Inventory is Evil
I just finished reading an article about Time Cook, the operations guru for Apple Computers. I was struck by his statement that "Inventory is fundamentally evil."
Over production which creates excess inventory is one of the seven speed bumps of Lean. However, my mind seems to respond with more energy to the phrase "Inventory is fundamentally evil."
The article goes on to say that "There are two basic ways to great profit margins: Charge high prices or reduce costs...Cook's operational savvy keeps costs under control."
How Stale is Your Inventory?
According to the article, Apple's days of total inventory has been as low as 0.4 days and now stands at 10. Dell computer has been as low as 3, now at 7. HP, however, is at 33 days.
What Kind of Inventory?
There are three main kinds of tangible inventory:
- Raw Materials
- Work in Process
- Finished Goods
If you warehouse or store any of these types of inventory, then there are costs associated with managing, moving, rearranging, and tracking them. It takes space, time, and people. None of it adds value to the product or service. It just eats profit.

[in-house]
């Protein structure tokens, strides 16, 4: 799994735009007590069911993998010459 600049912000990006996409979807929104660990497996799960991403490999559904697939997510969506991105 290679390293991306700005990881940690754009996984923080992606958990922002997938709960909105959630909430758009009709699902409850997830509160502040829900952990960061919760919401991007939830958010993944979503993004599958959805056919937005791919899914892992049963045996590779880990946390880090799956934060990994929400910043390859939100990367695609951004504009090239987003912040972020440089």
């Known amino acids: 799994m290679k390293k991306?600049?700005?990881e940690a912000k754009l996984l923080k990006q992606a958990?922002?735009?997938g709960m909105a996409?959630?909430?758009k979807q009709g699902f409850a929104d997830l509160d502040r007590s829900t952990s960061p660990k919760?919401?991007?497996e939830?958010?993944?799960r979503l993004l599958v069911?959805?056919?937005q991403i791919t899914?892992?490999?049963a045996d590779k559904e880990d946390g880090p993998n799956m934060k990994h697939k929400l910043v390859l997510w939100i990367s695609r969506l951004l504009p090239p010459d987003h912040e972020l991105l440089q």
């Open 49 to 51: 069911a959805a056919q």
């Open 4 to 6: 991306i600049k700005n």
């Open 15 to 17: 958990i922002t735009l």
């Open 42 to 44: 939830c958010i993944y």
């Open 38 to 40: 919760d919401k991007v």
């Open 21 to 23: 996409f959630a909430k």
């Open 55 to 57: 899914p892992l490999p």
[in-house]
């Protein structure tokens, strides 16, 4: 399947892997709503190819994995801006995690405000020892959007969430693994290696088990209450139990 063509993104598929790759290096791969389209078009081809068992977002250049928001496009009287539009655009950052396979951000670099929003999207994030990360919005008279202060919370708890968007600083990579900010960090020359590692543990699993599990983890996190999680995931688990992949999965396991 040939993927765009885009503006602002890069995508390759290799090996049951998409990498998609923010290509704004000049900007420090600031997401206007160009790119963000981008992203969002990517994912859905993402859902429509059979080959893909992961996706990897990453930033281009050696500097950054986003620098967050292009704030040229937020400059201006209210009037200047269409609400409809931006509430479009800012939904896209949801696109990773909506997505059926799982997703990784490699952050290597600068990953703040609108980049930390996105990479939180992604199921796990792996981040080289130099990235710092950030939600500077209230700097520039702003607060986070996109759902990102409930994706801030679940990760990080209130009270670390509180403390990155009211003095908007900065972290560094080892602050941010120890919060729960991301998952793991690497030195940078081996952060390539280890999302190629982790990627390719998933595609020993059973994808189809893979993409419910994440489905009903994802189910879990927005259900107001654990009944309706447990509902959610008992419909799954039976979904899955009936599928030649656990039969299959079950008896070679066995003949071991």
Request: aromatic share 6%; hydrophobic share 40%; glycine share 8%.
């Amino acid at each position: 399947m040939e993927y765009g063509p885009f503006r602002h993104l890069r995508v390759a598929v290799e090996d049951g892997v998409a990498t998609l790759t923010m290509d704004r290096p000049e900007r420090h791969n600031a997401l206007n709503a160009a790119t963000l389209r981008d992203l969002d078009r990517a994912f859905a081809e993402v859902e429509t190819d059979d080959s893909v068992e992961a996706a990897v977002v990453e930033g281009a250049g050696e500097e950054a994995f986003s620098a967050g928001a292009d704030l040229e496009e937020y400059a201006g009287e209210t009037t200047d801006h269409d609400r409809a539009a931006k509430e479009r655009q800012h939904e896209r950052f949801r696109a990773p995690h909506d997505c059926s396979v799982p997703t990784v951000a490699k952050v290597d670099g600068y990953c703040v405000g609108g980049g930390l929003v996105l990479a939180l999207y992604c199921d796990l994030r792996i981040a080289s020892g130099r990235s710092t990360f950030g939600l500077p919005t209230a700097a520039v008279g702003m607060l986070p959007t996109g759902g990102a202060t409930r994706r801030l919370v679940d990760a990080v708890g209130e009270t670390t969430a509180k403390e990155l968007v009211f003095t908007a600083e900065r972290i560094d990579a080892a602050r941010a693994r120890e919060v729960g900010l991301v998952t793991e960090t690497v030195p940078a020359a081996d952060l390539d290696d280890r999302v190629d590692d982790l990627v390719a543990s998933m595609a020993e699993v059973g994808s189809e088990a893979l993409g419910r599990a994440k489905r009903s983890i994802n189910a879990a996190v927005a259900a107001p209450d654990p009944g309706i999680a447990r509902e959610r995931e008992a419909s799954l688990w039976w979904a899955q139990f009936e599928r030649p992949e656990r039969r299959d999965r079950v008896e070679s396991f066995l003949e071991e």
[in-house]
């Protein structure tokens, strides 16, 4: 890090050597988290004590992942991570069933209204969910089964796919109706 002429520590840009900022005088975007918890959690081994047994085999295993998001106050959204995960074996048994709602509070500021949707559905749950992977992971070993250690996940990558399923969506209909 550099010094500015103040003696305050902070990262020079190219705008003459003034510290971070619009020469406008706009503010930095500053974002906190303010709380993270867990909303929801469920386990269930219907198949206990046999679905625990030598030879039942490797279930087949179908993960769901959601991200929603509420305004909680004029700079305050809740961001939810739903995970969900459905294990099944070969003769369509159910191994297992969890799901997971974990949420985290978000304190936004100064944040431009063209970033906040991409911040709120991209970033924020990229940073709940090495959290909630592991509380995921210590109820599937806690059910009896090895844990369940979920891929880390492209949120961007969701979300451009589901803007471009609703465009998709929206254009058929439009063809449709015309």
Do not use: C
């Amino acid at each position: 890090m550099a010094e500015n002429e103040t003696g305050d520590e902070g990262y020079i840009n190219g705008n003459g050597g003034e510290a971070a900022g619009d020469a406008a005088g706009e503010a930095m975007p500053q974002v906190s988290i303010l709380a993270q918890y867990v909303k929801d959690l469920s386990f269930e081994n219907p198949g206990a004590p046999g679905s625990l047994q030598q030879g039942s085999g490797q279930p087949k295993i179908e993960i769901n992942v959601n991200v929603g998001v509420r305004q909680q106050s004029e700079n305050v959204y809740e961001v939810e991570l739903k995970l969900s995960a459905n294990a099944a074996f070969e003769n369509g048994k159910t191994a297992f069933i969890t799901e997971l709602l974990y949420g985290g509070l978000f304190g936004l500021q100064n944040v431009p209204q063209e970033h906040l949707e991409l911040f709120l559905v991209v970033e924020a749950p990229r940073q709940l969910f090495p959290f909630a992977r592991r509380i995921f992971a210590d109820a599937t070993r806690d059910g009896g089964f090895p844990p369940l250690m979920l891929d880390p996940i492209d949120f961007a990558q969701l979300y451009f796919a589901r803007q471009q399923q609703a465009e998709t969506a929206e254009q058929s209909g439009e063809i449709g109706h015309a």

I've worked with companies that have hundreds of millions of dollars of raw and finished goods inventory, far more than they need to meet the needs of their customers.
The same kind of thinking can be applied to back office functions. Have you invoiced what you've produced? What is your inventory of unbilled goods or services? What is your inventory of accounts receivable? How stale are they? What about purchasing and payments?
I've worked with healthcare companies that have hundreds of millions of dollars in insurance claims being negotiated with insurance companies. These claims can be over 300 days old.
Here's My Point
The carrying cost of tangible and intangible inventory can devour the profits of a company.
Inventory is fundamentally evil!
Set a big hairy audacious goal for "days of total inventory" and aggressively improve the process to achieve your goals.
The Genius Behind Steve, Adam Lashinsky, pp: 71-80, Fortune, Nov. 24, 2008.
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